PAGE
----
TLS options

At the time of writing this, there are no less than forty different options for curl_easy_setopt that are dedicated for controlling how libcurl does SSL and TLS.

Transfers done using TLS use safe defaults but since curl is used in many different scenarios and setups, chances are you end up in situations where you want to change those behaviors.

Protocol version

With CURLOPT_SSLVERSION' and CURLOPT_PROXY_SSLVERSION`you can specify which SSL or TLS protocol range that is acceptable to you. Traditionally SSL and TLS protocol versions have been found detect and unsuitable for use over time and even if curl itself raises its default lower version over time you might want to opt for only using the latest and most security protocol versions.

These options take a lowest acceptable version and optionally a maximum. If the server cannot negotiate a connection with that condition, the transfer fails.


curl_easy_setopt(easy, CURLOPT_SSLVERSION, CURL_SSLVERSION_TLSv1_2);

Protocol details and behavior

You can select what ciphers to use by setting CURLOPT_SSL_CIPHER_LIST and CURLOPT_PROXY_SSL_CIPHER_LIST.

You can ask to enable SSL "False Start" with CURLOPT_SSL_FALSESTART, and there are a few other behavior changes to tweak using CURLOPT_SSL_OPTIONS.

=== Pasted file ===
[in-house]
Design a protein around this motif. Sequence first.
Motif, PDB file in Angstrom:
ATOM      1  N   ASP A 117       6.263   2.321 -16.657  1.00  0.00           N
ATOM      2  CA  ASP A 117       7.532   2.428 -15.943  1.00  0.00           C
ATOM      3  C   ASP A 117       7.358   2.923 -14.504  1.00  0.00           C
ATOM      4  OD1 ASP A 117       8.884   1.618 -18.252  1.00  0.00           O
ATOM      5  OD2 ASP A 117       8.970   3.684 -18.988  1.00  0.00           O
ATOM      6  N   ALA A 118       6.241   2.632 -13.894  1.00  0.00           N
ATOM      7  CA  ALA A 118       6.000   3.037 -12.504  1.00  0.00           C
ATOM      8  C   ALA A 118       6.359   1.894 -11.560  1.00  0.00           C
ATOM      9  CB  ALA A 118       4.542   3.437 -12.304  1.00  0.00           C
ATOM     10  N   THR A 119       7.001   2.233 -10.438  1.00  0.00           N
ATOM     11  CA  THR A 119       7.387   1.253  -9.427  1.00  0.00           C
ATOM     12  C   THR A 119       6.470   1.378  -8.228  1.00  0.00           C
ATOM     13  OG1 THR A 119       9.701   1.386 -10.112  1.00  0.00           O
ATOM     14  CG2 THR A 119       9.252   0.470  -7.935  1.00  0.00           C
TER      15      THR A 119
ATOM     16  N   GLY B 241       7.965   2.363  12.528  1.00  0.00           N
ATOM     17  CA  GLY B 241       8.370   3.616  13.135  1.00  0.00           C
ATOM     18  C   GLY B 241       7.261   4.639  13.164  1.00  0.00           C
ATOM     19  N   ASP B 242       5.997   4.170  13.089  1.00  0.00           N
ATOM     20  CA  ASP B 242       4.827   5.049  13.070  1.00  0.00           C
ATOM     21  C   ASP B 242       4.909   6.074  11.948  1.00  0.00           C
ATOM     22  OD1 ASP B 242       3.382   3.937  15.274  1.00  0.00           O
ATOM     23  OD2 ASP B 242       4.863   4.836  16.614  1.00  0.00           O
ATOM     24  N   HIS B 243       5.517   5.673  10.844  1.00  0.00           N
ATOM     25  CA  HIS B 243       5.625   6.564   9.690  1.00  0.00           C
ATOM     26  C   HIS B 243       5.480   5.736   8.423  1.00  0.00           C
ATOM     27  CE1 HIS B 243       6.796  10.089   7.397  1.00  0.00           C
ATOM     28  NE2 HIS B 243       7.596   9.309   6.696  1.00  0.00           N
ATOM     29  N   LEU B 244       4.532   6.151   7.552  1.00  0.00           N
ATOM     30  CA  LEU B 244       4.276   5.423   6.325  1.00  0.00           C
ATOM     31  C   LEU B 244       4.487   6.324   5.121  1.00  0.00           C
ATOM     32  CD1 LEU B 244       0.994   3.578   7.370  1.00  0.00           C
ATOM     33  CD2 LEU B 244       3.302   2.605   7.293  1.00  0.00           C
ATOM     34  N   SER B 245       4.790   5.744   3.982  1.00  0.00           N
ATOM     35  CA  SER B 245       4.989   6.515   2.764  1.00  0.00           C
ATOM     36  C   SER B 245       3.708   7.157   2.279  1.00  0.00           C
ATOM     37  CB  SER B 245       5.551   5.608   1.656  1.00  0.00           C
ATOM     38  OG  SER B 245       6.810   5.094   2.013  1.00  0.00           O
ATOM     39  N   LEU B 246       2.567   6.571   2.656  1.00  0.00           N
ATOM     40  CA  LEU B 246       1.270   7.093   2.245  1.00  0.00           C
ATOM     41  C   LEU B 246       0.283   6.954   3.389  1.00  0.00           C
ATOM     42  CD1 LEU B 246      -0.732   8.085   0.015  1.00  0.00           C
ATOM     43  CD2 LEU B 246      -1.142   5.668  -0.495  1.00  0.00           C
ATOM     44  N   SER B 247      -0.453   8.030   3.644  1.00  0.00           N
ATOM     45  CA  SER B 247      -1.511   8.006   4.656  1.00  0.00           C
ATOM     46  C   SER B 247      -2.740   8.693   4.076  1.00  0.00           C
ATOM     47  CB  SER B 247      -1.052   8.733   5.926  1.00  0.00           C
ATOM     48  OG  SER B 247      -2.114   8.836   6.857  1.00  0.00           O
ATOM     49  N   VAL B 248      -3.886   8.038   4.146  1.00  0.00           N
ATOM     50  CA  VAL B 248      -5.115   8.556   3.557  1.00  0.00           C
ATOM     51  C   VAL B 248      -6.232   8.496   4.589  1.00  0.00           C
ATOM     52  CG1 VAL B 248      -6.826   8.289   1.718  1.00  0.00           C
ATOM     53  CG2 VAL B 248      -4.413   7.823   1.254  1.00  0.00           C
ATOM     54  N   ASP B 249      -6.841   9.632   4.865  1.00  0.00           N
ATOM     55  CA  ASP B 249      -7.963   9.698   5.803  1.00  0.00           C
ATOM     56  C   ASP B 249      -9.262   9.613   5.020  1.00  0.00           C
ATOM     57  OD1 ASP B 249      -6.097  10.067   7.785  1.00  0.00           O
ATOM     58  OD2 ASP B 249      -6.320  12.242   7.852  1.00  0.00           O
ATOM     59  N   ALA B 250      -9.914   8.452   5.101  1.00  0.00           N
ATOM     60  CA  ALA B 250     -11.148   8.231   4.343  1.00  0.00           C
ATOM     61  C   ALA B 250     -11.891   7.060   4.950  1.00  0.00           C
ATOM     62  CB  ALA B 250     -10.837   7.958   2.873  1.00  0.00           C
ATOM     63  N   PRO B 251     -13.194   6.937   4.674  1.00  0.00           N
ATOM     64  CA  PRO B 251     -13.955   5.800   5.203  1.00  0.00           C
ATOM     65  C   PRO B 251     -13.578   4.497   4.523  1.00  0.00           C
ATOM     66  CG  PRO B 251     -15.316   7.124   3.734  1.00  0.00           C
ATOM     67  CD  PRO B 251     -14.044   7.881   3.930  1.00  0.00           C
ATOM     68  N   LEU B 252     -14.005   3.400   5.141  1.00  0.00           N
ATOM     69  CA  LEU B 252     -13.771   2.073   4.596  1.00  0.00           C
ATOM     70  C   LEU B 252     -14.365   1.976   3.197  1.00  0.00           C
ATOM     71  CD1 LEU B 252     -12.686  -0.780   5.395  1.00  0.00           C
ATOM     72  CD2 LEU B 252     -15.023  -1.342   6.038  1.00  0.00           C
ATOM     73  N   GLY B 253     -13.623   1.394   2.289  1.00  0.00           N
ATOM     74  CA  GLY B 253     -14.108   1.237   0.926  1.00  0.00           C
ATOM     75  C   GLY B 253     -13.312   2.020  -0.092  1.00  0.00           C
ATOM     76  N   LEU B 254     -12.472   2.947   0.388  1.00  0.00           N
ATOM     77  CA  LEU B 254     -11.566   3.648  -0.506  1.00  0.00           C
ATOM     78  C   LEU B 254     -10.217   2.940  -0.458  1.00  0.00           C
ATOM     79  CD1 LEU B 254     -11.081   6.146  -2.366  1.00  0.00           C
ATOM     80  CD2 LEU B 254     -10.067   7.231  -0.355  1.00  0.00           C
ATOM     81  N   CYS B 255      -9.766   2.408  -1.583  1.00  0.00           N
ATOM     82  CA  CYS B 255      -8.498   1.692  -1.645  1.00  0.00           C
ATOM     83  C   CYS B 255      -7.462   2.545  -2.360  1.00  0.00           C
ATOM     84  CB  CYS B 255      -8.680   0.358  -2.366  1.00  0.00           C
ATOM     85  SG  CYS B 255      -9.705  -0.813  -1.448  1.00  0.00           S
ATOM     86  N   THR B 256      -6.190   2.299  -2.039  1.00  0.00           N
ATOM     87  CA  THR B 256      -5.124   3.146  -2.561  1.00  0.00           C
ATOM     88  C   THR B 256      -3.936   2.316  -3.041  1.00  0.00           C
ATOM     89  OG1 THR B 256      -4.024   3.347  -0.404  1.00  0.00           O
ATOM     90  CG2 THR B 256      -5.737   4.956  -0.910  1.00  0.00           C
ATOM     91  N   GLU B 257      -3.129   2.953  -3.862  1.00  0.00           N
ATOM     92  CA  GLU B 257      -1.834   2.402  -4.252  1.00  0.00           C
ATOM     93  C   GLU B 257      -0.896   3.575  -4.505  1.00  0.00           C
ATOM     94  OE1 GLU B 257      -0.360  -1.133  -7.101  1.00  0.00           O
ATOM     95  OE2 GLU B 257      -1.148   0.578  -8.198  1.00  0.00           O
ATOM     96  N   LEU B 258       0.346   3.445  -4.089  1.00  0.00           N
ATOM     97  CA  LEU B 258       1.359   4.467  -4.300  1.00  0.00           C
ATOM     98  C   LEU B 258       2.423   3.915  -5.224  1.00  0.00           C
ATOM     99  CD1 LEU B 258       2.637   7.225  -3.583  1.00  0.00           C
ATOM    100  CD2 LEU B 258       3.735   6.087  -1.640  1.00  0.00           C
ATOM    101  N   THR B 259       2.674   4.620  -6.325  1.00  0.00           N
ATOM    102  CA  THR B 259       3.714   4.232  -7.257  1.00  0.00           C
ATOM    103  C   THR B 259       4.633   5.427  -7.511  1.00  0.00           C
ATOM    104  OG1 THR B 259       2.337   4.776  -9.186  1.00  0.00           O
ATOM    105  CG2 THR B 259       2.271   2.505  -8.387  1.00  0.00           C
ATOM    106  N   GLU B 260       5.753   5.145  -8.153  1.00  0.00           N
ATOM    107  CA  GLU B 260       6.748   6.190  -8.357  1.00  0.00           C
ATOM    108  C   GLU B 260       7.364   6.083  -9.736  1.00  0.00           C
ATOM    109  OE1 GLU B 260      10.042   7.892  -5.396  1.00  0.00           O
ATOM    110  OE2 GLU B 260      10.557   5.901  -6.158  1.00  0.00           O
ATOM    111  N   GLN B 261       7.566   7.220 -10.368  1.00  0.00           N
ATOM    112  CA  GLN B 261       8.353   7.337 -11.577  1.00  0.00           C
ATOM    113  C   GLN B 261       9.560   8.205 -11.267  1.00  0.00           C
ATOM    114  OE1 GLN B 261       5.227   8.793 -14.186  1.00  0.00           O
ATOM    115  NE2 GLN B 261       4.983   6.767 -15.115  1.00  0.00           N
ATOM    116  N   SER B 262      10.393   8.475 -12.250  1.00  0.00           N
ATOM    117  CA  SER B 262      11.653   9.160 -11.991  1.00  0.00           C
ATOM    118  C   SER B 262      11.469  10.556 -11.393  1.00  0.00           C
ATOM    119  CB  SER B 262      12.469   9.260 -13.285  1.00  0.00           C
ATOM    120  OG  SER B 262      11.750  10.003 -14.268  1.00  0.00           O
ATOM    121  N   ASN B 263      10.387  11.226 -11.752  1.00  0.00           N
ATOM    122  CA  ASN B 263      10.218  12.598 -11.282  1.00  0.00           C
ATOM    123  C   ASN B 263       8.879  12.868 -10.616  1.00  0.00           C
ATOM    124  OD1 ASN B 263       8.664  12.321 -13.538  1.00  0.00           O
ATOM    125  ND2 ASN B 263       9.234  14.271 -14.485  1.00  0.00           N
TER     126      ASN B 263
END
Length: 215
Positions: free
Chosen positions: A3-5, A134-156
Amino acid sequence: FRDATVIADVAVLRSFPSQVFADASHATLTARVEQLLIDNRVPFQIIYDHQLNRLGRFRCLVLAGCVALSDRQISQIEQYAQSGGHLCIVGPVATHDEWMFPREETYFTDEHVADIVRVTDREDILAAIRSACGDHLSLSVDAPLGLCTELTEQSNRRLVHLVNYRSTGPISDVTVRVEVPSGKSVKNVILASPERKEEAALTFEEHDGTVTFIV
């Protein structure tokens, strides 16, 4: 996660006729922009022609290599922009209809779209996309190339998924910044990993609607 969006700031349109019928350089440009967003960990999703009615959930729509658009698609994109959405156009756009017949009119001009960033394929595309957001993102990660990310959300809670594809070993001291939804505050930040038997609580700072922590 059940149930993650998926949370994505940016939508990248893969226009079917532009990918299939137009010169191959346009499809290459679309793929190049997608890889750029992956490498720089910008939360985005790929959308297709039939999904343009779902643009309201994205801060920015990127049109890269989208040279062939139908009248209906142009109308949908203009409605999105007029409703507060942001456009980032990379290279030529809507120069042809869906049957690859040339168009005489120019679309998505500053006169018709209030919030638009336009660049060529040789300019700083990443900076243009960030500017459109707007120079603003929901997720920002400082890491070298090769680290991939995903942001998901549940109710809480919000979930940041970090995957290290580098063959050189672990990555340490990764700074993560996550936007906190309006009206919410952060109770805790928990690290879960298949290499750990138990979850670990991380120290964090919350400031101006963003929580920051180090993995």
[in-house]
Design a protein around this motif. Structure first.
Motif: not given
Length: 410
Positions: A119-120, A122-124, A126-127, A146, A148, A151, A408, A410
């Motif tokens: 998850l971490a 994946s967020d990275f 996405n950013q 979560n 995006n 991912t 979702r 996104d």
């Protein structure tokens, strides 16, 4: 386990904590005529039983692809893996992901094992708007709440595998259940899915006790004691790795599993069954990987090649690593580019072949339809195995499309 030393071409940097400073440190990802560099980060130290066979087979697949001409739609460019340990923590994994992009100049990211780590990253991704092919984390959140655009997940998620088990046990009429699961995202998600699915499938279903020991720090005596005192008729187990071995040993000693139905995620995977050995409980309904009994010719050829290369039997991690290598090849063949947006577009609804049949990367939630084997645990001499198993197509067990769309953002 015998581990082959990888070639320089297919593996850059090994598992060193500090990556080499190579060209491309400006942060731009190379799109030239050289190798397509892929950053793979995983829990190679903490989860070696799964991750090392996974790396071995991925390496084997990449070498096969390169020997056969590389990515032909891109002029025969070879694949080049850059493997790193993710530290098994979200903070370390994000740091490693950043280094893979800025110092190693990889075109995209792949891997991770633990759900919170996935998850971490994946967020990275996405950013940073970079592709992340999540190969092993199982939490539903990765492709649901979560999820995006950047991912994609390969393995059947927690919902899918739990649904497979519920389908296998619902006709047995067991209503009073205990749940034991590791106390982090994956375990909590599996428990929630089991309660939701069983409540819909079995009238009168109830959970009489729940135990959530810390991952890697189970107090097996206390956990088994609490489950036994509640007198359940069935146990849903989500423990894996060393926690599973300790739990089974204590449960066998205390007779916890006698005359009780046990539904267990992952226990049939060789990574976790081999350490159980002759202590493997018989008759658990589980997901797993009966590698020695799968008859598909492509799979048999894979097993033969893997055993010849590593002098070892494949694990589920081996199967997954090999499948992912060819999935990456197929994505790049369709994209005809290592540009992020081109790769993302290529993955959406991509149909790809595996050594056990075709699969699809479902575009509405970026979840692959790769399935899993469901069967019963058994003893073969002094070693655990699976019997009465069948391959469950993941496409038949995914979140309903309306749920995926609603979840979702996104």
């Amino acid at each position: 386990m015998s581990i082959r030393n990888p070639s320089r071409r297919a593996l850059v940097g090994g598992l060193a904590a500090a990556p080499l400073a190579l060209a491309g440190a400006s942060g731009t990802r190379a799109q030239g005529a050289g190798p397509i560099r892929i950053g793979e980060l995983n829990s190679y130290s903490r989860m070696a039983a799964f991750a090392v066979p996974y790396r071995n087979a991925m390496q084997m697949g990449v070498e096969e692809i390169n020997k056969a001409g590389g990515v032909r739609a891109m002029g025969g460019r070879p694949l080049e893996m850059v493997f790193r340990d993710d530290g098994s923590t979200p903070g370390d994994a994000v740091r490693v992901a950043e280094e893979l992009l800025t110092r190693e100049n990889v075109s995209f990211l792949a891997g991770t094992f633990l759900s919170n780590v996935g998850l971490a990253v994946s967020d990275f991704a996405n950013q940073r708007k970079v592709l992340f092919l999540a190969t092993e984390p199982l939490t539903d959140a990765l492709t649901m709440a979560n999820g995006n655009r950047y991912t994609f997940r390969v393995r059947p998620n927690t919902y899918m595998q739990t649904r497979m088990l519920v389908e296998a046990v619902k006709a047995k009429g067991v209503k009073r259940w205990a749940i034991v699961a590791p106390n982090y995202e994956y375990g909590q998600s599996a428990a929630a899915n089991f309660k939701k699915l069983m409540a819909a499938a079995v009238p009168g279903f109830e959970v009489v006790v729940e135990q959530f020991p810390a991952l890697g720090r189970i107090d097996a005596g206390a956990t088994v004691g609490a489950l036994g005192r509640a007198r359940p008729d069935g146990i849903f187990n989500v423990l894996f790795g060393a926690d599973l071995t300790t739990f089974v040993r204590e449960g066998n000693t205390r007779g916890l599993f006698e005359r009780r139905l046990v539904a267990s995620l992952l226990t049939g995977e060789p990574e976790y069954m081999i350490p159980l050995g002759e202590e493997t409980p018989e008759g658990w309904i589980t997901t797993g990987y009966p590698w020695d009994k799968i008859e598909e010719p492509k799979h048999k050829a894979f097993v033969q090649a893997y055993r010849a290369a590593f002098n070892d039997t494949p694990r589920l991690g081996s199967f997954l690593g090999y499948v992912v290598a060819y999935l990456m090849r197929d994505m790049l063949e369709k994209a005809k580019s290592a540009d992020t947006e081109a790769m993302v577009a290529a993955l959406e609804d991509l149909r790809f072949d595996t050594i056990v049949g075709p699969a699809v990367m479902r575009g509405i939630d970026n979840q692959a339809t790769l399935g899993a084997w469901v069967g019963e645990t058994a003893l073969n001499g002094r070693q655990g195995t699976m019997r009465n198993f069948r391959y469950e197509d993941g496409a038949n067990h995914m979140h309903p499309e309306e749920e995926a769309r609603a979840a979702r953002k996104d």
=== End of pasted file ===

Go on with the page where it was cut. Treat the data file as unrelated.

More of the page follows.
A TLS-using client needs to verify that the server it speaks to is the correct and trusted one. This is done by verifying that the server's certificate is signed by a Certificate Authority (CA) for which curl has a public key for and that the certificate contains the server's name. Failing any of these checks cause the transfer to fail.

For development purposes and for experimenting, curl allows an application to switch off either or both of these checks for the server or for an HTTPS proxy.

  • CURLOPT_SSL_VERIFYPEER controls the check that the certificate is signed by a trusted CA.

  • CURLOPT_SSL_VERIFYHOST controls the check for the name within the certificate.



Optionally, you can tell curl to verify the certificate's public key against a known hash using CURLOPT_PINNEDPUBLICKEY or CURLOPT_PROXY_PINNEDPUBLICKEY. Here too, a mismatch causes the transfer to fail.


TLS Client certificates

When using TLS and the server asks the client to authenticate using certificates, you typically specify the private key and the corresponding client certificate using CURLOPT_SSLKEY and CURLOPT_SSLCERT. The password for the key is usually also required to be set, with CURLOPT_SSLKEYPASSWD.

Again, the same set of options exist separately for connections to HTTPS proxies: CURLOPT_PROXY_SSLKEY, CURLOPT_PROXY_SSLCERT etc.

TLS auth

TLS connections offer a (rarely used) feature called Secure Remote Passwords. Using this, you authenticate the connection for the server using a name and password and the options are called CURLOPT_TLSAUTH_USERNAME and CURLOPT_TLSAUTH_PASSWORD.


For protocols that are using the STARTTLS method to upgrade the connection to TLS (FTP, IMAP, POP3, and SMTP), you usually tell curl to use the non-TLS version of the protocol when specifying a URL and then ask curl to enable TLS with the CURLOPT_USE_SSL option.

This option allows a client to let curl continue if it cannot upgrade to TLS, but that is not a recommend path to walk as then you might be using an insecure protocol without properly noticing.

/* require use of SSL for this, or fail */
curl_easy_setopt(curl, CURLOPT_USE_SSL, CURLUSESSL_ALL);